Gene deletion drives more than a quarter of breast cancers
Recent studies have observed loss of the gene NF1 in glioblastoma (an aggressive brain cancer), lung and ovarian cancers, but the significance has been overlooked because it was thought that two copies of the gene (one from each parent) needed to be missing to cause cancer. The study, published online July 30 in the journal Genetics, reports that in most human breast cancer cases where NF1 is a factor, only one copy is missing.
The finding has important clinical implications. It suggests that several existing drugs may be effective in treating breast cancers with missing NF1; it also suggests that the commonly used breast cancer drug tamoxifen could make the disease worse in these specific cancers.
The NF1 gene negatively regulates one of the most important oncogenes -- genes that when mutated or expressed at high levels contribute to turning a normal cell into a cancerous one. This oncogene, called RAS, is involved in signaling inside the cell to control growth. When NF1 is missing or depleted, RAS becomes hyperactivated and can lead to tumor formation.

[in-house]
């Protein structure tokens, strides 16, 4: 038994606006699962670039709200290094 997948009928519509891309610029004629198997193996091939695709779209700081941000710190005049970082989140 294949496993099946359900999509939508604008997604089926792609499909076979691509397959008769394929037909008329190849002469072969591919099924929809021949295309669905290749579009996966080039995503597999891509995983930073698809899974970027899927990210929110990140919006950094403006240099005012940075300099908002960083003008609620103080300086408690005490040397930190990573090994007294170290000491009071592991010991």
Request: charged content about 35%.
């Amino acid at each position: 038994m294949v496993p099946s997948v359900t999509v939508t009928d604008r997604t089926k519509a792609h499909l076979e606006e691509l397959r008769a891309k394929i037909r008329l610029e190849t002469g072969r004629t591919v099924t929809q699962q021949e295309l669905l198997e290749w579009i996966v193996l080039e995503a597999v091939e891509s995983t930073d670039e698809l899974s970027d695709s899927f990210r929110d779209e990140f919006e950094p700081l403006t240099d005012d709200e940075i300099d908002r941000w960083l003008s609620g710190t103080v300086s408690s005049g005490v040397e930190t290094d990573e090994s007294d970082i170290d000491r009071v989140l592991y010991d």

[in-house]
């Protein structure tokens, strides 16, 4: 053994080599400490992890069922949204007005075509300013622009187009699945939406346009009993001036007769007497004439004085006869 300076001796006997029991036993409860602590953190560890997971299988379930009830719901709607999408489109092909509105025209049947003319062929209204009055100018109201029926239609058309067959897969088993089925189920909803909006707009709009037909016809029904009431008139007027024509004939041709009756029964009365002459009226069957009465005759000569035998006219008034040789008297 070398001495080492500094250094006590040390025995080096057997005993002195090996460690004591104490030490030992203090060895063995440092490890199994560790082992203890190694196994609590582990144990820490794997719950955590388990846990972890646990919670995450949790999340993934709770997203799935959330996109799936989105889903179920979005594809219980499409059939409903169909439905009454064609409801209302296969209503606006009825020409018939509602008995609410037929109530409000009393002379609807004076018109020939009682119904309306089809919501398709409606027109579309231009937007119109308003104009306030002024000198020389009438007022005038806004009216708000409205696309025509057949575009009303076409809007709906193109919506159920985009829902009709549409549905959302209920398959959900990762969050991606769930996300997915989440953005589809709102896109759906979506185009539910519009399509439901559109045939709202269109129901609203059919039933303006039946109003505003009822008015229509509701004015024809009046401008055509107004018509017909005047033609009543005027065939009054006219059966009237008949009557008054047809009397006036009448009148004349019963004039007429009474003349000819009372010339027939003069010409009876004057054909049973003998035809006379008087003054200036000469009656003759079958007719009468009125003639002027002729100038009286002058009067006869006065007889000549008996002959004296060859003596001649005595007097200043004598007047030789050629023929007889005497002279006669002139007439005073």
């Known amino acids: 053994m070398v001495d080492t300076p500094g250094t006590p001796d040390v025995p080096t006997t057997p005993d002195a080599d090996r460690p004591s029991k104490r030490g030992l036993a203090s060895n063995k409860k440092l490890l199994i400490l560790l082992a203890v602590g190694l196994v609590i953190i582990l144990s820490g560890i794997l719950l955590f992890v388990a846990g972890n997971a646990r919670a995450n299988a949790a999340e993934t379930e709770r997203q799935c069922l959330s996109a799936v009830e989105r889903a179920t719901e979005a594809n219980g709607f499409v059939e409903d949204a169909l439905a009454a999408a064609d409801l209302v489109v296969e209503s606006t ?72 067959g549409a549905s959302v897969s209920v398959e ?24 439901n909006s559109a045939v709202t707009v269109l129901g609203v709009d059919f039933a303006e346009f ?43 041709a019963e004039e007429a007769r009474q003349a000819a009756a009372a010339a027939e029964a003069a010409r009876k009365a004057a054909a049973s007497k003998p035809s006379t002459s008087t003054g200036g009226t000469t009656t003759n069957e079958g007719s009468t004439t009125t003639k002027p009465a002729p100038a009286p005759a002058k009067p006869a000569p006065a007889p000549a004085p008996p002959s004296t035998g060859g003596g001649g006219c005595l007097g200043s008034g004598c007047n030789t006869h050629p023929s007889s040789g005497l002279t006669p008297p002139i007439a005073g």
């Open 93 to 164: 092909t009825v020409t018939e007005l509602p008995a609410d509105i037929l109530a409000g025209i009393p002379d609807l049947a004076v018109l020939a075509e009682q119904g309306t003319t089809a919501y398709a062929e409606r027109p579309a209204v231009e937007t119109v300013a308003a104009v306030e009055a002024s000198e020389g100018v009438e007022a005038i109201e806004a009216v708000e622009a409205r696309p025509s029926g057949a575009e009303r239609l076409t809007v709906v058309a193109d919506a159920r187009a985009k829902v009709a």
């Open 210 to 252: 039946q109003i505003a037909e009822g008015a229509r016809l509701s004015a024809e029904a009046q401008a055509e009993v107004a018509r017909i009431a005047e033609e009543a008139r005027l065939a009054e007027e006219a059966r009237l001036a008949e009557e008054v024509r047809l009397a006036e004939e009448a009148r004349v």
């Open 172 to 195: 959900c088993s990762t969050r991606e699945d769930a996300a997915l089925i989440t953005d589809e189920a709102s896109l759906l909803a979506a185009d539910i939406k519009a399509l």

In the study, Cornell researchers used a mouse model with elevated mutation rates that lead to breast cancer in 80 percent of the mice.
"These mice almost always get mammary tumors, and when we looked at their genomes, nearly all of them were missing this NF1 gene," said John Schimenti, professor of genetics and the papers senior author. "There are many big cancer studies that identify the most commonly mutated genes, but they dont prove experimentally that those genes are the drivers of cancer."